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Outspoken Lawmaker Tells Iran Judiciary 'Stop Wrong Practices', As UN Issues Critical Report

Ali Motahari, a social conservative lawmaker has become an outspoken critic of hardliners on civil rights issues in recent years. File photo

The outspoken Deputy Speaker of the Iranian Parliament Ali Motahari has called on Iran's new Judiciary Chief Ebrahim Raeesi to "stop some wrong practices" in the judicial system.

In a letter, Motahari, representing Tehran, has put forward five requests including one that calls on Raeesi (Raeisi) to stop limiting the number of defense lawyers political prisoners can choose from.

Motahari said the practice was against the law and prisoners' freedom, as well as being a discriminatory regulation.

The Judiciary in 2018 named only 20 out of more than 2000 lawyers as the only ones trusted by the courts to be defense attorneys for people charged with security charges – usually political detainees. The decision triggered criticism by inmates as well as lawyers.

Raeesi who is said to have been in a judicial committee that ordered the killings of hundreds of political prisoners in 1988, was a highly controversial appointment on March 7 by Supreme Leader Ali Khamenei.

Motahari also said that indicting lawmakers for comments they make at parliament was a "strange phenomenon" and against the Iranian Constitution.

Meanwhile, referring to cases like the one involving environmentalists, where disputes between two major intelligence agencies has caused problems for inmates, Motahari called on Raeesi to stop intelligence agencies' intervention in Judiciary affairs.

Jailed Iranian environmentalists' case has been continuing since early 2018 as one intelligence agency labels them as spies while another agency insists that they are not spies.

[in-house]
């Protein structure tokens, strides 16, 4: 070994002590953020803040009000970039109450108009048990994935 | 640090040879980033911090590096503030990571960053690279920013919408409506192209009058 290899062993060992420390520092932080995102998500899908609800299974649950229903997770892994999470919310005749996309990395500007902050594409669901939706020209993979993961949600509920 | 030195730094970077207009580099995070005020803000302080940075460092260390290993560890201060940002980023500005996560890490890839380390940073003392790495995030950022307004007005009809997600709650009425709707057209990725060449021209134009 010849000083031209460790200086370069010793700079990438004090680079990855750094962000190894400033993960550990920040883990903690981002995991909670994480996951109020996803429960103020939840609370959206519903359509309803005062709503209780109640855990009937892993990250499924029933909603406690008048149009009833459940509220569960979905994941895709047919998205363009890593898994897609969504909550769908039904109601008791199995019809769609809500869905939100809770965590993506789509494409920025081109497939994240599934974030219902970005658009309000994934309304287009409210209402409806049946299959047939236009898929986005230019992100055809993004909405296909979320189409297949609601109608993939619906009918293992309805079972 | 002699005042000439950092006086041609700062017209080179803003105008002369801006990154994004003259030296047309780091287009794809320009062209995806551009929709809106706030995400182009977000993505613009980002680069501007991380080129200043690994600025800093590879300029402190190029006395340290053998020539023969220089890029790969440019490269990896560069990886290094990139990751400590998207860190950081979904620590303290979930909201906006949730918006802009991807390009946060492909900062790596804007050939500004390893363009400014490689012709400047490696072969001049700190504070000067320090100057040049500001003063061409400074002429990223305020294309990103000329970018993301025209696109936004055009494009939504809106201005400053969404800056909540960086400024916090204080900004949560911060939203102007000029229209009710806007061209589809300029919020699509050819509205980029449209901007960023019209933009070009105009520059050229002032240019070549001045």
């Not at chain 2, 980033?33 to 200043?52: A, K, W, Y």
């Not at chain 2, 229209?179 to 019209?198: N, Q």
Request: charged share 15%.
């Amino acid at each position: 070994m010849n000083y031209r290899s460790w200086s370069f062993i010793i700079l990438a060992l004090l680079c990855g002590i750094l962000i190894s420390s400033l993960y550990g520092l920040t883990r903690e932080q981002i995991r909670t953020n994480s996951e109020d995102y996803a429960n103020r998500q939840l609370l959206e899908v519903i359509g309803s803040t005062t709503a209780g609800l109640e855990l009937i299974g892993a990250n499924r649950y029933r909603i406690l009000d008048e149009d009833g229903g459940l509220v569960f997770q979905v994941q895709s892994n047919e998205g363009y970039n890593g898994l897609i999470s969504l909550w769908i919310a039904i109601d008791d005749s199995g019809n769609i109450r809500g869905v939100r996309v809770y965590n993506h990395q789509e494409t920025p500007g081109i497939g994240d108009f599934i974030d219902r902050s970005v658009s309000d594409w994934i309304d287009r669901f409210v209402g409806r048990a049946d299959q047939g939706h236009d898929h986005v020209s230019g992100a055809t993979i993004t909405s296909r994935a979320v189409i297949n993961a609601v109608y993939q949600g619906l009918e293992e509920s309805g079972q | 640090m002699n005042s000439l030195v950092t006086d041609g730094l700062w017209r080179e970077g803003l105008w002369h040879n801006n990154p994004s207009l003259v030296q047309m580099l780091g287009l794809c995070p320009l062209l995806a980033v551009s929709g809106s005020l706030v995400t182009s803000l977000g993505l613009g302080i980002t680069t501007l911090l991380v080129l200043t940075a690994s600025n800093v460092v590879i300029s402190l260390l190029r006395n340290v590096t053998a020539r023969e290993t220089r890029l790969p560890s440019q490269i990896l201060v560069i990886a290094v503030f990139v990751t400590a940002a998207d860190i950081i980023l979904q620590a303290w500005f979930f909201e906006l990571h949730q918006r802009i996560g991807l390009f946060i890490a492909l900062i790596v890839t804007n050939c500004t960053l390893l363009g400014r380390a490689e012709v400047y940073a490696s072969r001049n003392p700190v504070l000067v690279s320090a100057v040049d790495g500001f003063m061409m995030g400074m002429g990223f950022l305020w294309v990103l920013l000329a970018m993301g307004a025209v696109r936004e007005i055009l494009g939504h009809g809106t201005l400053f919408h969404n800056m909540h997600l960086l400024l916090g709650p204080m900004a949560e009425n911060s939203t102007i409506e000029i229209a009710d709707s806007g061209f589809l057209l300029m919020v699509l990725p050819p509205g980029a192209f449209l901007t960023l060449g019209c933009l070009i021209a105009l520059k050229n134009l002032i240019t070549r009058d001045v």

He also warned Raeesi against radicalism of some Judiciary officials, including an official in Mashad who said "a prosecutor's authority is only one inch less than God's power."

The next point made by Motahari, is his opposition to the special authorities vested in the Judiciary by Supreme Leader Khamenei, which denies suspects in economic cases of the right to appeal unless they are sentenced to death.

Motahari also opposed the idea of special courts for clerics as a system that belonged to ancient caste societies. Ironically, Raeesi is the chairman of the Special Court for Clerics.

International human rights watchdogs have been criticizing these and many other discriminatory practices of the Iranian Judiciary all along the past forty years since the establishment of the Islamic Republic.

In the most recent cases UN Chief Antonio Guterres released a report at the 40th session of the Human Rights Council on Friday describing violations of human rights in the Islamic Republic, based on " information from the Government of the Islamic Republic of Iran, State media and non-governmental organizations and from individual interviews with known victims and alleged victims and their families and with lawyers."

According to the report, the Secretary-General remains concerned by "the continued application of the death penalty for a wide range of offences, including those which are vague or uncertain in scope, such as efsad-e fel-arz (“spreading corruption on earth”), and those which do not involve intentional murder and therefore do not amount to “most serious crimes”, such as adultery or consensual sexual relations between two men in certain circumstances."

Execution of child offenders, harsh decisions to “take swift and decisive action” against individuals referred to as “economic disruptors” in the context of an “economic war”, by way of a directive issued by the Supreme Leader, denial of many prisoners' right to fair trial, arbitrary arrest and detention of dual and foreign nationals, pressures on ethnic and religious minorities, arrest and detention of environmentalists, violation of the rights to freedom of opinion and expression and to privacy, and exerting pressures on human rights defenders and human rights lawyers were among the criticisms made in the UN Chief's report.

However, the UN chief diplomat also pointed out some positive changes. According to the report, Guterres noted that the Iranian government has increasingly engaged with the Office of the United Nations High Commissioner for Human Rights (OHCHR) and with United Nations human rights mechanisms.

"Representatives of OHCHR visited Tehran in May 2018 and met with a range of interlocutors to discuss the human rights situation in the country. The Government has extended an invitation to the United Nations High Commissioner for Human Rights and to three special procedure mandate holders," he said

The Iranian government has not reacted to the report yet, and it is yet to be seen how Iran's new chief justice takes it from here and whether he continues the improvement.